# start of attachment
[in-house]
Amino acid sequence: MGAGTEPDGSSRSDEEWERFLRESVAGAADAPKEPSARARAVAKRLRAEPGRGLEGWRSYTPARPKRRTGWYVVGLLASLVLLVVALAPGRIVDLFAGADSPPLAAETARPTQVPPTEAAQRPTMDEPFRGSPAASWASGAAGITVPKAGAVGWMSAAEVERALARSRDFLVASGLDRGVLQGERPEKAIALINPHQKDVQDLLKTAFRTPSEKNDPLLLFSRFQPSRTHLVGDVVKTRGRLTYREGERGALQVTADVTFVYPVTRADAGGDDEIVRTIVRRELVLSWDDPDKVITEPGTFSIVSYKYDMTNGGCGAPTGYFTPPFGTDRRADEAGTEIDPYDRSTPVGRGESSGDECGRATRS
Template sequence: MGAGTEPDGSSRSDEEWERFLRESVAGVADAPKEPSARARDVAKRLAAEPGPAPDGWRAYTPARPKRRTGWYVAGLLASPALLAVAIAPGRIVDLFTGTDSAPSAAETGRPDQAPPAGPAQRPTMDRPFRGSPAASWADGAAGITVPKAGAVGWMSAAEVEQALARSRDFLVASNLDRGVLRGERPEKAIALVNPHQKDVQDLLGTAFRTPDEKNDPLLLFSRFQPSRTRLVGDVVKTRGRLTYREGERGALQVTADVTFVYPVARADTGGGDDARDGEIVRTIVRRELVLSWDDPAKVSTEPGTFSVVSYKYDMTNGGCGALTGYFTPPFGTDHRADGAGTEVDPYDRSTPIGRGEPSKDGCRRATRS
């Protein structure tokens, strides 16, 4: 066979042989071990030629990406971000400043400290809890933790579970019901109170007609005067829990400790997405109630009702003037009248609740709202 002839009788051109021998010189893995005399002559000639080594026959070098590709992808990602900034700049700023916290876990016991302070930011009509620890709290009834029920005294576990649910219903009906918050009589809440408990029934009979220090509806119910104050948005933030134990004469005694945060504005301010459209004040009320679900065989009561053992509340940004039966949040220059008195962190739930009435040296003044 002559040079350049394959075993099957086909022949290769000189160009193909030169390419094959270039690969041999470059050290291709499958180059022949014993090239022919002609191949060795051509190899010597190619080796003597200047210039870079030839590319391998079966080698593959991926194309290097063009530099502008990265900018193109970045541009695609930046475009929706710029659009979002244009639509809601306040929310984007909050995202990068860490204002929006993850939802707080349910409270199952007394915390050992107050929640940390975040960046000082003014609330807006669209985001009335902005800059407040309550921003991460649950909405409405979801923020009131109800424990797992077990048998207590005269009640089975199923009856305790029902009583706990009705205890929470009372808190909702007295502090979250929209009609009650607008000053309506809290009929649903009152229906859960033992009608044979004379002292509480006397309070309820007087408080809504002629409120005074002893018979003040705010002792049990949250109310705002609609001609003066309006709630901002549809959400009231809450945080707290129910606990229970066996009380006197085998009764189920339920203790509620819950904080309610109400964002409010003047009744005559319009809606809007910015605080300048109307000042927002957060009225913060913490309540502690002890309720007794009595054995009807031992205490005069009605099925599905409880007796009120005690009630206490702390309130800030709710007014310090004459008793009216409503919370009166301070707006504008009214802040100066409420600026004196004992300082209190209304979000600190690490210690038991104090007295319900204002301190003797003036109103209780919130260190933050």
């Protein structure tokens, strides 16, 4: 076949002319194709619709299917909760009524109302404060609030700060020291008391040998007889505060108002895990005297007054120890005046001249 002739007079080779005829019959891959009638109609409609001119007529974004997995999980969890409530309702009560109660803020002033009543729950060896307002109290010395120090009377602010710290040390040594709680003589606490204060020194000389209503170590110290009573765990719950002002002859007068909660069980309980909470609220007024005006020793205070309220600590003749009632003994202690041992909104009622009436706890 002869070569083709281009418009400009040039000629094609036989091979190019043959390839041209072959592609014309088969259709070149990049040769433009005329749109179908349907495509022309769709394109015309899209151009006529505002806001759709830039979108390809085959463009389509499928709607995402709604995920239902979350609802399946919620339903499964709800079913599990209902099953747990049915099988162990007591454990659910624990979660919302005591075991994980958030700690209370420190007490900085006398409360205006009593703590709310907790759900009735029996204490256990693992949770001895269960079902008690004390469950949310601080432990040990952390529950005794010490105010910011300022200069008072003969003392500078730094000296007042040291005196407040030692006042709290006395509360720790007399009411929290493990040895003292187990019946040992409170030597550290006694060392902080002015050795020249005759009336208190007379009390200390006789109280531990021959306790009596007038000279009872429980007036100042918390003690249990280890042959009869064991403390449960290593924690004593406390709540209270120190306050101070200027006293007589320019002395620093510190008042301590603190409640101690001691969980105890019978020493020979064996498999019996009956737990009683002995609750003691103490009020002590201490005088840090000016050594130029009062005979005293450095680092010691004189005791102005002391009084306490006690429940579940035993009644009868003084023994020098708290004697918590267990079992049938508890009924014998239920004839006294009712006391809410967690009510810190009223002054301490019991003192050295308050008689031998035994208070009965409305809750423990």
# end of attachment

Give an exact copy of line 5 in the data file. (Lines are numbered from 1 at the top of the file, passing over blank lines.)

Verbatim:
């Protein structure tokens, strides 16, 4: 076949002319194709619709299917909760009524109302404060609030700060020291008391040998007889505060108002895990005297007054120890005046001249 002739007079080779005829019959891959009638109609409609001119007529974004997995999980969890409530309702009560109660803020002033009543729950060896307002109290010395120090009377602010710290040390040594709680003589606490204060020194000389209503170590110290009573765990719950002002002859007068909660069980309980909470609220007024005006020793205070309220600590003749009632003994202690041992909104009622009436706890 002869070569083709281009418009400009040039000629094609036989091979190019043959390839041209072959592609014309088969259709070149990049040769433009005329749109179908349907495509022309769709394109015309899209151009006529505002806001759709830039979108390809085959463009389509499928709607995402709604995920239902979350609802399946919620339903499964709800079913599990209902099953747990049915099988162990007591454990659910624990979660919302005591075991994980958030700690209370420190007490900085006398409360205006009593703590709310907790759900009735029996204490256990693992949770001895269960079902008690004390469950949310601080432990040990952390529950005794010490105010910011300022200069008072003969003392500078730094000296007042040291005196407040030692006042709290006395509360720790007399009411929290493990040895003292187990019946040992409170030597550290006694060392902080002015050795020249005759009336208190007379009390200390006789109280531990021959306790009596007038000279009872429980007036100042918390003690249990280890042959009869064991403390449960290593924690004593406390709540209270120190306050101070200027006293007589320019002395620093510190008042301590603190409640101690001691969980105890019978020493020979064996498999019996009956737990009683002995609750003691103490009020002590201490005088840090000016050594130029009062005979005293450095680092010691004189005791102005002391009084306490006690429940579940035993009644009868003084023994020098708290004697918590267990079992049938508890009924014998239920004839006294009712006391809410967690009510810190009223002054301490019991003192050295308050008689031998035994208070009965409305809750423990």